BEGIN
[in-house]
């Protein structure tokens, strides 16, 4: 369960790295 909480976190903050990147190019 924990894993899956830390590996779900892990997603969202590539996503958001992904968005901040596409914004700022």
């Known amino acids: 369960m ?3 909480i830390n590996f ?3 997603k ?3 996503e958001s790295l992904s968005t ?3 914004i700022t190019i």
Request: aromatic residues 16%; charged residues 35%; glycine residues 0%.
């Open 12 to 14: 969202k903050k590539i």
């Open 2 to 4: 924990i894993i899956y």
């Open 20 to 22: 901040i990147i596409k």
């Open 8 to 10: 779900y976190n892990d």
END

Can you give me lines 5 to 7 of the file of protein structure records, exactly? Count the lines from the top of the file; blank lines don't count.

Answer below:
């Open 12 to 14: 969202k903050k590539i």
């Open 2 to 4: 924990i894993i899956y």
């Open 20 to 22: 901040i990147i596409k």